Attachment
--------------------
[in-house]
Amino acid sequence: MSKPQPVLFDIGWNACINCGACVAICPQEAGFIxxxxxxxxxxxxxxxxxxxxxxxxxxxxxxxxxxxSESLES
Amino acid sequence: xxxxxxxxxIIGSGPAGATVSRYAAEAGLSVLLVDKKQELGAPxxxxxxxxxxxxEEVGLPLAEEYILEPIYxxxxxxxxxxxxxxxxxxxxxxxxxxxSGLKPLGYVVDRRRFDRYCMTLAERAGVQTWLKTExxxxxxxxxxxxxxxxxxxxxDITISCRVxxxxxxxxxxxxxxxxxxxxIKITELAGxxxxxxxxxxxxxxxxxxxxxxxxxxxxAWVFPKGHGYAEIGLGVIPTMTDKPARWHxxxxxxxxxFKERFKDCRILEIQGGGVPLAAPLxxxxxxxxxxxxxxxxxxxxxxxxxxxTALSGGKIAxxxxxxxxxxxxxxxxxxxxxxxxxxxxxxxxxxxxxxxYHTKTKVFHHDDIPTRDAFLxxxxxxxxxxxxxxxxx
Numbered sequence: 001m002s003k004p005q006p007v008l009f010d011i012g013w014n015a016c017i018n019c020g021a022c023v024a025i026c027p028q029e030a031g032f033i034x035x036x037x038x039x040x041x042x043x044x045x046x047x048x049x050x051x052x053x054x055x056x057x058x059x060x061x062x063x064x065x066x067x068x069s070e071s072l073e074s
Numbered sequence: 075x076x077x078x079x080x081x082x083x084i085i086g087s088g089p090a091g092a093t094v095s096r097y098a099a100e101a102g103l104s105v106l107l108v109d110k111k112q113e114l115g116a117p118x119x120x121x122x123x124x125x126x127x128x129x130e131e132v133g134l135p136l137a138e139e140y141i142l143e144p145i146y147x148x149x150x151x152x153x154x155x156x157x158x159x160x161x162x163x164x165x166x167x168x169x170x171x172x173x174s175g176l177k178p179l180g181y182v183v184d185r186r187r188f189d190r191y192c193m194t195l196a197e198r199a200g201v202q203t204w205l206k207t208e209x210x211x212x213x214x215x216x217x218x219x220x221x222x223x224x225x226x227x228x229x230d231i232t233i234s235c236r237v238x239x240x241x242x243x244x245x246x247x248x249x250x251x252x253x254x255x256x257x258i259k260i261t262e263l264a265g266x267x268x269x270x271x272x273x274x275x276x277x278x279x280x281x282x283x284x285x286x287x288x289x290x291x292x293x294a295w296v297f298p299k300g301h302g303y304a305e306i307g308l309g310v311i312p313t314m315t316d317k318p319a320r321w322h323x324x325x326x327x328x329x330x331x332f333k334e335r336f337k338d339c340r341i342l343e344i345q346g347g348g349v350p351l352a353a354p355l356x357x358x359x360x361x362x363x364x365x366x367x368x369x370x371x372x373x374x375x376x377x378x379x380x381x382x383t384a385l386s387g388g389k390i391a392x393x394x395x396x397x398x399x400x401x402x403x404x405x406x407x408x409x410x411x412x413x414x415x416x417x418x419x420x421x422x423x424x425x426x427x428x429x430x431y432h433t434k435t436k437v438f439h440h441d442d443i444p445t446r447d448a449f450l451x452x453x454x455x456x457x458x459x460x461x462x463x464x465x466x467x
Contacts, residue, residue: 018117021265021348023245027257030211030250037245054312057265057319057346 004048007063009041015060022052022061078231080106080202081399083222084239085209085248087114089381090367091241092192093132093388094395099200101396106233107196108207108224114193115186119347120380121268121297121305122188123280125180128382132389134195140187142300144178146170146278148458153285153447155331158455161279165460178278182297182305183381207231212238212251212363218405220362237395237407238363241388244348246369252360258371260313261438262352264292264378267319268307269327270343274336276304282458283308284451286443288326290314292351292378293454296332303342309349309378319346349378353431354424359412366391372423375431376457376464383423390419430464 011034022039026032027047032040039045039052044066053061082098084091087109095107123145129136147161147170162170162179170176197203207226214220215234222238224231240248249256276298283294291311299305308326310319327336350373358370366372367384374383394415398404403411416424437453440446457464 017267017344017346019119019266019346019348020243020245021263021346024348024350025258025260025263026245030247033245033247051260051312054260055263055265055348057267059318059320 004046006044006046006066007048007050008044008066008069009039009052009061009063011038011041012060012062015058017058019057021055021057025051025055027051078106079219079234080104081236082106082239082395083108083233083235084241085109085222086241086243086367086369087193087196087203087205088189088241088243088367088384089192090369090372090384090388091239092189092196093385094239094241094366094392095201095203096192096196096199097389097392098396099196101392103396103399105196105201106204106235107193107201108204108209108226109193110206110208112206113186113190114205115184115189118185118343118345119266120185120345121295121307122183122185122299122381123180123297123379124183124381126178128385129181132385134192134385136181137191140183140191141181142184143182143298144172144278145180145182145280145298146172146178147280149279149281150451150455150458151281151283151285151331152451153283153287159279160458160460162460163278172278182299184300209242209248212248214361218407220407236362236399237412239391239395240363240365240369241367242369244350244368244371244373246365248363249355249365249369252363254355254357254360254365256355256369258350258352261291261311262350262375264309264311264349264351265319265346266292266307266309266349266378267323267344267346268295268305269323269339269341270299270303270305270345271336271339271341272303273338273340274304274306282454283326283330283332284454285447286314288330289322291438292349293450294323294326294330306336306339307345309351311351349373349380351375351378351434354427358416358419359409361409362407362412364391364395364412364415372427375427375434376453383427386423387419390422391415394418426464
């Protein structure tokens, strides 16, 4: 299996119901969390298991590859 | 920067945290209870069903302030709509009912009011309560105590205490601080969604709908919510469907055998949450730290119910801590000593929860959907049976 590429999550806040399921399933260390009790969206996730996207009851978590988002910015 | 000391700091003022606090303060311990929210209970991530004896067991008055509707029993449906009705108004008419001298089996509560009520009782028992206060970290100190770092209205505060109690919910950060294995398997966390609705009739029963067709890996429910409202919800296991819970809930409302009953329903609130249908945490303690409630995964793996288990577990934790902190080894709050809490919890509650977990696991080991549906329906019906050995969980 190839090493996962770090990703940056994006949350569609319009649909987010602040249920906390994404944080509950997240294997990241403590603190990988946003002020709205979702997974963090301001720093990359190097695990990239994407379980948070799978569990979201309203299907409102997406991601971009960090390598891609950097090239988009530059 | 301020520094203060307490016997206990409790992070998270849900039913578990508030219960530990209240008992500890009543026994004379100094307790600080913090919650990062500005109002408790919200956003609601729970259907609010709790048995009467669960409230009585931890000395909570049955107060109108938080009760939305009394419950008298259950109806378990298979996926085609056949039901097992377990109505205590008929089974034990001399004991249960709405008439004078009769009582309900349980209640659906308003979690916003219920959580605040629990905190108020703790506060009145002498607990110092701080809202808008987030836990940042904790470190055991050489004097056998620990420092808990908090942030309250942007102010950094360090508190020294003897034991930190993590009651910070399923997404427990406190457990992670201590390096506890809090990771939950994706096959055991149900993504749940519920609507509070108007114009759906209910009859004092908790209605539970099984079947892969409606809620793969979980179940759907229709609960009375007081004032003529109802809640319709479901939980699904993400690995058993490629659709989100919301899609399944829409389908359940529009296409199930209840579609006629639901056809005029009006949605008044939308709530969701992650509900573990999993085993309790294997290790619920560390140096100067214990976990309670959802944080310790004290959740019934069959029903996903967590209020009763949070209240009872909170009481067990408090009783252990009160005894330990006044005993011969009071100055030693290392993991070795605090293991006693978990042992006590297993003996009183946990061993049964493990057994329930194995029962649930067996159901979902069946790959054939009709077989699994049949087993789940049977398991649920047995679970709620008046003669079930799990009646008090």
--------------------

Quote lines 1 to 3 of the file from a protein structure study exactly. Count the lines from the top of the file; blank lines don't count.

[in-house]
Amino acid sequence: MSKPQPVLFDIGWNACINCGACVAICPQEAGFIxxxxxxxxxxxxxxxxxxxxxxxxxxxxxxxxxxxSESLES
Amino acid sequence: xxxxxxxxxIIGSGPAGATVSRYAAEAGLSVLLVDKKQELGAPxxxxxxxxxxxxEEVGLPLAEEYILEPIYxxxxxxxxxxxxxxxxxxxxxxxxxxxSGLKPLGYVVDRRRFDRYCMTLAERAGVQTWLKTExxxxxxxxxxxxxxxxxxxxxDITISCRVxxxxxxxxxxxxxxxxxxxxIKITELAGxxxxxxxxxxxxxxxxxxxxxxxxxxxxAWVFPKGHGYAEIGLGVIPTMTDKPARWHxxxxxxxxxFKERFKDCRILEIQGGGVPLAAPLxxxxxxxxxxxxxxxxxxxxxxxxxxxTALSGGKIAxxxxxxxxxxxxxxxxxxxxxxxxxxxxxxxxxxxxxxxYHTKTKVFHHDDIPTRDAFLxxxxxxxxxxxxxxxxx